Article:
Department condemns senseless assaults on EMS crews
The Western Cape Department of Health and Wellness is deeply concerned that Emergency Medical Services (EMS) teams have been targeted by violent criminals on 10 occasions this year already. Although most attacks did not result in serious physical injuries, essential healthcare services to the most vulnerable have often been disrupted and the staff have been traumatised. Cases have been reported to the South African Police Service (SAPS) for investigation.
Over this last weekend EMS teams were targeted in Parow, Langa and Pinelands. If residents have any information related to this weekend’s three incidents they are encouraged to please report it to the SAPS. Assaults on our EMS personnel and their impacts on services to our communities will not be tolerated.
These assaults often leave our EMS personnel traumatised and fearing for their lives while fulfilling their duties:
- on Saturday (4 March), an ambulance crew escaped a robbery at gunpoint as they were travelling down Francie van Zijl Drive towards Elsies River;
- on Sunday (5 March), a crew member was slapped in the face by a patient who refused assistance in Langa; and
- on Sunday (5 March), cable theft occurred at the EMS base in Pinelands.
While the unpredictable work environment exposes EMS personnel to many risks, violence should not be one of them. Staff safety is a high priority, for the department and we will continue to provide the necessary employee assistance programme interventions to the affected personnel and implement essential measures to help ensure that EMS personnel are kept safe. These include staff safety, management strategies, safety stakeholder engagements, and community initiatives.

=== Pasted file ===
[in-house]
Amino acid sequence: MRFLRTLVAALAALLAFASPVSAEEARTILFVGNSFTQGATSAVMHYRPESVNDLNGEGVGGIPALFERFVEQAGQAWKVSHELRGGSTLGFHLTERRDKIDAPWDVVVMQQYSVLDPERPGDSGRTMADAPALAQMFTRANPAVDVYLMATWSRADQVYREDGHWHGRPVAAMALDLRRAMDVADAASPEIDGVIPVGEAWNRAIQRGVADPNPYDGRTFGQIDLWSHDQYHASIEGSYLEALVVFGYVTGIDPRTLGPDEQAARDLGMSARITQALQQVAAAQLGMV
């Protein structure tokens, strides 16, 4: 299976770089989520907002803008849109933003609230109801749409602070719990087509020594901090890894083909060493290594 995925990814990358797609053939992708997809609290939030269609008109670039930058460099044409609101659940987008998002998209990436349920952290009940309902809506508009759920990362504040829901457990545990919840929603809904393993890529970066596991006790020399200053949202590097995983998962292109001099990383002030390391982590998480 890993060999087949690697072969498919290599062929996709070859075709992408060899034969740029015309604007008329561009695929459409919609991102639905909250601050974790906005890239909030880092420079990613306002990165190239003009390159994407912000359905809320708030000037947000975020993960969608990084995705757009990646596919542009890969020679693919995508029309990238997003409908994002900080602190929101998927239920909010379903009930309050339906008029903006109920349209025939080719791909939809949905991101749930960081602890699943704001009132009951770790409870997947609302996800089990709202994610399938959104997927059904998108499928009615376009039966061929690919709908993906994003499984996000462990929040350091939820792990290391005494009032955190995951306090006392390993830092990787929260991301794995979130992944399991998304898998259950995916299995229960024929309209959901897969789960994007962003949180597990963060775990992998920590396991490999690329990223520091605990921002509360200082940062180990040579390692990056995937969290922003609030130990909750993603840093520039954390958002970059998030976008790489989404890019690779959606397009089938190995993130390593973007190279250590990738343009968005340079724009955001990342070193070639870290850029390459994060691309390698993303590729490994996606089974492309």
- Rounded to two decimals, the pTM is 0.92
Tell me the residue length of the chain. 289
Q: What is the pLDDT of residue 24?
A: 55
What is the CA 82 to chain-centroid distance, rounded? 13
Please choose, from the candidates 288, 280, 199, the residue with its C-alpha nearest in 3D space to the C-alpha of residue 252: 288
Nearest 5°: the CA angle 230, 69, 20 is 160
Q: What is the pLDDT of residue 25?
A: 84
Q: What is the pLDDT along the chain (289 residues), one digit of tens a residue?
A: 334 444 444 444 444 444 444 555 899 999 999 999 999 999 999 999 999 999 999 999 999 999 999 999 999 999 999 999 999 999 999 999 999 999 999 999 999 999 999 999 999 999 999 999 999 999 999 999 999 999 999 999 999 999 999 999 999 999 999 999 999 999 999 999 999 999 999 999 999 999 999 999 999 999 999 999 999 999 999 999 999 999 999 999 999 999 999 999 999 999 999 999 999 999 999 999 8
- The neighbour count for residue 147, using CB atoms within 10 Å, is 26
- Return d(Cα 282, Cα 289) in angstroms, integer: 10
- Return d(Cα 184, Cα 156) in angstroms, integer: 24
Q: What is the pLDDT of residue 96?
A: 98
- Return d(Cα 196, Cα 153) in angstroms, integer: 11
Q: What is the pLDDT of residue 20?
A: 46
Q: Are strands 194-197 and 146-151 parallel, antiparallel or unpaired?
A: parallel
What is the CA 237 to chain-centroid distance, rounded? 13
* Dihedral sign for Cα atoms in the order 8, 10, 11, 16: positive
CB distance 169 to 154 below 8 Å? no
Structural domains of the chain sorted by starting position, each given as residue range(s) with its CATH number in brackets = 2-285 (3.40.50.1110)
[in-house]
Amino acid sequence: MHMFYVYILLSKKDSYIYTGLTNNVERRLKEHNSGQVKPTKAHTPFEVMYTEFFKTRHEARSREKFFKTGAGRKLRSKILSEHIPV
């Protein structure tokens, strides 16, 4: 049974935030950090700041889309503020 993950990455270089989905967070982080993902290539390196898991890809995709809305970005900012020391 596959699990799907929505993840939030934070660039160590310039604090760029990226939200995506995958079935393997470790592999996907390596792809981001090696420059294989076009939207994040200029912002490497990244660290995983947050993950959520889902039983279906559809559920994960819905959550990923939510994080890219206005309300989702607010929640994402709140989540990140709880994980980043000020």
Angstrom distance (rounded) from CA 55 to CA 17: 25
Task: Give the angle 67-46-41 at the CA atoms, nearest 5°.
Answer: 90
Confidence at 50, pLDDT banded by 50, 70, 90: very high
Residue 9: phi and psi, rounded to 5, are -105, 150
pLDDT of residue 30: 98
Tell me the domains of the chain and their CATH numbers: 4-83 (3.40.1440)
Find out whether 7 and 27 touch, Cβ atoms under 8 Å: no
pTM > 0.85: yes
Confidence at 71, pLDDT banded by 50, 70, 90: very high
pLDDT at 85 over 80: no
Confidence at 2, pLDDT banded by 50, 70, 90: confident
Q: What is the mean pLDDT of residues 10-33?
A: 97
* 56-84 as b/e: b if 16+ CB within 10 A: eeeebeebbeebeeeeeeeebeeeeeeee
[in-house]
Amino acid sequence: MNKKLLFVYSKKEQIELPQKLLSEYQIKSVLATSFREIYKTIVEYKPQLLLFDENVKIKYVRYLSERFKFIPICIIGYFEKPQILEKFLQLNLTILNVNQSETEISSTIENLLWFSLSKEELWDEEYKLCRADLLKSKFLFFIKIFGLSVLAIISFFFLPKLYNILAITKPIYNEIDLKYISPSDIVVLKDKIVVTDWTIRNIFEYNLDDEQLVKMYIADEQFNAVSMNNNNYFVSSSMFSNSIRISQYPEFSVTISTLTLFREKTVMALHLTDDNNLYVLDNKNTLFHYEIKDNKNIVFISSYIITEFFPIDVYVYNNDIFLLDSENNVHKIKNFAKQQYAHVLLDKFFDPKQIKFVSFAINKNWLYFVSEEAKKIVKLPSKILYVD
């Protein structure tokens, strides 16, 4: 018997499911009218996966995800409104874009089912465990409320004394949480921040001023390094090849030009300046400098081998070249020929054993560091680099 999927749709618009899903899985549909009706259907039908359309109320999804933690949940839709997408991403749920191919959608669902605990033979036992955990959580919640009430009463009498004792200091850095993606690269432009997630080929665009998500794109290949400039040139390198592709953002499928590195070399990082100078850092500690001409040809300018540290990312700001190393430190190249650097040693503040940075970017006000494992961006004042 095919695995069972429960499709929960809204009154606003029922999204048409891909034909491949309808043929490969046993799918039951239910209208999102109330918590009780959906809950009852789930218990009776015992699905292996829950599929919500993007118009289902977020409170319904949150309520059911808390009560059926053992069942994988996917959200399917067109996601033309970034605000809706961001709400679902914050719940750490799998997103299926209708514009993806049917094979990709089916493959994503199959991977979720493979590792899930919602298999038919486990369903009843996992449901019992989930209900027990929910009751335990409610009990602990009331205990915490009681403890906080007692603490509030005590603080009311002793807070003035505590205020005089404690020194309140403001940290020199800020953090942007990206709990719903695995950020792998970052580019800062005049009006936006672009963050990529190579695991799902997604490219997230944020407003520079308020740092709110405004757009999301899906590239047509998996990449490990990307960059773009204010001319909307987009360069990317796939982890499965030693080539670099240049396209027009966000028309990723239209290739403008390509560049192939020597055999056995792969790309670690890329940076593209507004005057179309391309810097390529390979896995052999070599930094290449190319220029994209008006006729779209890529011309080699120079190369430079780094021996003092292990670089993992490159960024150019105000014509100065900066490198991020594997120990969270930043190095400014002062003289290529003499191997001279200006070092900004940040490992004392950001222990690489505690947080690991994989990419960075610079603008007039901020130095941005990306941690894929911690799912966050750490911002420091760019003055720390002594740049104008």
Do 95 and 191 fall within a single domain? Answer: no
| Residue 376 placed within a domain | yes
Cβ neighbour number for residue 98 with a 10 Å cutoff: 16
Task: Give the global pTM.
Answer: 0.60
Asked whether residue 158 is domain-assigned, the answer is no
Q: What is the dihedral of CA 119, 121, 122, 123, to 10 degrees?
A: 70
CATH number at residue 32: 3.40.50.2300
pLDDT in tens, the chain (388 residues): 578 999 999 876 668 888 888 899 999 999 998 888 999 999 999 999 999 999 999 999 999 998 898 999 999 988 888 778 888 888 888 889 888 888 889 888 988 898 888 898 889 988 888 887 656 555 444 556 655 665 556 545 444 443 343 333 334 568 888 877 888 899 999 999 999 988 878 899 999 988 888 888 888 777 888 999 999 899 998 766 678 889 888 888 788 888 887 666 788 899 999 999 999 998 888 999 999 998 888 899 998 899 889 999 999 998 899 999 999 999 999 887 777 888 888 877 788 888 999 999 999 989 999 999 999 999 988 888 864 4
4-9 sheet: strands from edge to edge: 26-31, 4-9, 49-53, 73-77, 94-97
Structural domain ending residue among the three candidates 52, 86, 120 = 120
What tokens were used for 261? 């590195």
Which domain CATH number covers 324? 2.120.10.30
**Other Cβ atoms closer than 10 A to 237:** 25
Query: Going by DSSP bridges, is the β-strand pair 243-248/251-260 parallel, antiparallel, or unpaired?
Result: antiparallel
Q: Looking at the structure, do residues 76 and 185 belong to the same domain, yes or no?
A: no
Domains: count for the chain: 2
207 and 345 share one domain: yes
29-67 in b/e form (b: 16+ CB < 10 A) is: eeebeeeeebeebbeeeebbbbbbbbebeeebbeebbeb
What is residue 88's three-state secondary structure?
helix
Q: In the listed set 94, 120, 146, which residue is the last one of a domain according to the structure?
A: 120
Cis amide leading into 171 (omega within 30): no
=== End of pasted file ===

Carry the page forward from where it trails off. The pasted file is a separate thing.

In providing medical care and saving lives this weekend, the EMS responded to 5 827 incidents of which 31% were of a life-threatening nature. Most patients were transported to the Tygerberg, Worcester and George Schuur Hospitals. Most incidents involved chest pains (915), weapon assaults (817), respiratory complaints (530), physical assaults (376) and obstetric complains (323).
On the province’s roads, EMS responded to 198 incidents which left several vehicle occupants injured. On 4 March at 19:45, 10 persons suffered injuries in a crash on the Rawsonville Road and were transported to Worcester Hospital. In another crash on 5 March at 20:37, one person died, and 10 others injured when a bakkie overturned on the Old Mamre Road near Darling.
With an escort from the South African Police Service (SAPS), our EMS crews also attended to various incidents in the permanent Red Zone neighbourhoods, such as Beacon Valley (50), Tafelsig (36), Hanover Park (14) and Chicago (5). The EMS remains appreciative of the SAPS’ and other law enforcement agencies' ongoing support, as this helps protect our crews and enables them to care for the most vulnerable patients.
Joshua Pillay, a first responder who works in the Lentegeur area, enjoys working for the EMS as it allows him to care for the vulnerable. The patients that he sees are often affected by poverty, which then affects their clinical conditions. For instance, many of them cannot fetch medication because they cannot afford transport. As a result, they become very ill. He also sees many trauma cases on a given shift such as violent crimes and gang violence, especially in the permanent Red Zone areas.
“The most rewarding part of my job is to see a critically injured or sick person being helped, and seeing the positive change. Working for the EMS enables a person to access continuity of care. In other words, you take a patient from their home, treating them within the ambulance, watching their condition improve, or if not, getting them to the appropriate facility where treatment is initiated, and hopefully the patient improves from that point. So, there is a constant good feeling about it, as you’re making a positive impact in someone’s life,” says Joshua.